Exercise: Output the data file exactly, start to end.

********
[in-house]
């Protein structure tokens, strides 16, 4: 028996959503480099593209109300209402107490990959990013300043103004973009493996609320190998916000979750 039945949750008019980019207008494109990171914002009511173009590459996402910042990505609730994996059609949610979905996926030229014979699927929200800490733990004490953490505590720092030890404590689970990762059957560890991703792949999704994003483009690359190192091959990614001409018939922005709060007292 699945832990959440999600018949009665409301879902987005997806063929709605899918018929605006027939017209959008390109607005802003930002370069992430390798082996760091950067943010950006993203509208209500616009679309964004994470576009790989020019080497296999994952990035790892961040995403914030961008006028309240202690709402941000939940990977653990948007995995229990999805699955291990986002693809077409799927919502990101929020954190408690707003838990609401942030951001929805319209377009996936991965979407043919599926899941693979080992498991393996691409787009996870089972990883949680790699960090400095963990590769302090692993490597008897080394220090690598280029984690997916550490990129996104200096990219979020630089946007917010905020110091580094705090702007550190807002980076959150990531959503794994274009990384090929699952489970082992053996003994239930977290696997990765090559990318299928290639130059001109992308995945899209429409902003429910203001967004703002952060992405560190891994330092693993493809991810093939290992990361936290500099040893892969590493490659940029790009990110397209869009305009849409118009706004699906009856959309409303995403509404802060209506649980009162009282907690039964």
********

[in-house]
């Protein structure tokens, strides 16, 4: 028996959503480099593209109300209402107490990959990013300043103004973009493996609320190998916000979750 039945949750008019980019207008494109990171914002009511173009590459996402910042990505609730994996059609949610979905996926030229014979699927929200800490733990004490953490505590720092030890404590689970990762059957560890991703792949999704994003483009690359190192091959990614001409018939922005709060007292 699945832990959440999600018949009665409301879902987005997806063929709605899918018929605006027939017209959008390109607005802003930002370069992430390798082996760091950067943010950006993203509208209500616009679309964004994470576009790989020019080497296999994952990035790892961040995403914030961008006028309240202690709402941000939940990977653990948007995995229990999805699955291990986002693809077409799927919502990101929020954190408690707003838990609401942030951001929805319209377009996936991965979407043919599926899941693979080992498991393996691409787009996870089972990883949680790699960090400095963990590769302090692993490597008897080394220090690598280029984690997916550490990129996104200096990219979020630089946007917010905020110091580094705090702007550190807002980076959150990531959503794994274009990384090929699952489970082992053996003994239930977290696997990765090559990318299928290639130059001109992308995945899209429409902003429910203001967004703002952060992405560190891994330092693993493809991810093939290992990361936290500099040893892969590493490659940029790009990110397209869009305009849409118009706004699906009856959309409303995403509404802060209506649980009162009282907690039964």